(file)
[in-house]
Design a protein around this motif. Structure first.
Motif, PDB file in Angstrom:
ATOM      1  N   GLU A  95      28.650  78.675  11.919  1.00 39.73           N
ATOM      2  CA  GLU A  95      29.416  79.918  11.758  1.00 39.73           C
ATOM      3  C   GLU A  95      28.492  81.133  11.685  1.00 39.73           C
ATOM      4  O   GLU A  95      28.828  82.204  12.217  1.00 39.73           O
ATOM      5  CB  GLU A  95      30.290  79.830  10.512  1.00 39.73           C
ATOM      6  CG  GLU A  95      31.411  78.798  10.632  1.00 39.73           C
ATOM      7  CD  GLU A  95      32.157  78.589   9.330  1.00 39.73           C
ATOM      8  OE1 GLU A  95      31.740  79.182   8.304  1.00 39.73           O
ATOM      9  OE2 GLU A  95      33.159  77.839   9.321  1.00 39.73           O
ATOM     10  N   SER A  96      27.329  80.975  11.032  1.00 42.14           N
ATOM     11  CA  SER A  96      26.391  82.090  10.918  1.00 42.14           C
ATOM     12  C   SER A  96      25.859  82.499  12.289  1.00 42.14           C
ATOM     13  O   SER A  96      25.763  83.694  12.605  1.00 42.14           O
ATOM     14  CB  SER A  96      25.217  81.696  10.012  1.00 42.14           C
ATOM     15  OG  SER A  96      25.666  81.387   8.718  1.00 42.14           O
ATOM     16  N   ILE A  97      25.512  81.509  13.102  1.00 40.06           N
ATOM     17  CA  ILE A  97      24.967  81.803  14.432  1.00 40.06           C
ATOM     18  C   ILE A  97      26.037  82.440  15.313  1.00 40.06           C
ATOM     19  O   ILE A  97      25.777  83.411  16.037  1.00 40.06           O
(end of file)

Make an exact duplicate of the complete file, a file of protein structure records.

[in-house]
Design a protein around this motif. Structure first.
Motif, PDB file in Angstrom:
ATOM      1  N   GLU A  95      28.650  78.675  11.919  1.00 39.73           N
ATOM      2  CA  GLU A  95      29.416  79.918  11.758  1.00 39.73           C
ATOM      3  C   GLU A  95      28.492  81.133  11.685  1.00 39.73           C
ATOM      4  O   GLU A  95      28.828  82.204  12.217  1.00 39.73           O
ATOM      5  CB  GLU A  95      30.290  79.830  10.512  1.00 39.73           C
ATOM      6  CG  GLU A  95      31.411  78.798  10.632  1.00 39.73           C
ATOM      7  CD  GLU A  95      32.157  78.589   9.330  1.00 39.73           C
ATOM      8  OE1 GLU A  95      31.740  79.182   8.304  1.00 39.73           O
ATOM      9  OE2 GLU A  95      33.159  77.839   9.321  1.00 39.73           O
ATOM     10  N   SER A  96      27.329  80.975  11.032  1.00 42.14           N
ATOM     11  CA  SER A  96      26.391  82.090  10.918  1.00 42.14           C
ATOM     12  C   SER A  96      25.859  82.499  12.289  1.00 42.14           C
ATOM     13  O   SER A  96      25.763  83.694  12.605  1.00 42.14           O
ATOM     14  CB  SER A  96      25.217  81.696  10.012  1.00 42.14           C
ATOM     15  OG  SER A  96      25.666  81.387   8.718  1.00 42.14           O
ATOM     16  N   ILE A  97      25.512  81.509  13.102  1.00 40.06           N
ATOM     17  CA  ILE A  97      24.967  81.803  14.432  1.00 40.06           C
ATOM     18  C   ILE A  97      26.037  82.440  15.313  1.00 40.06           C
ATOM     19  O   ILE A  97      25.777  83.411  16.037  1.00 40.06           O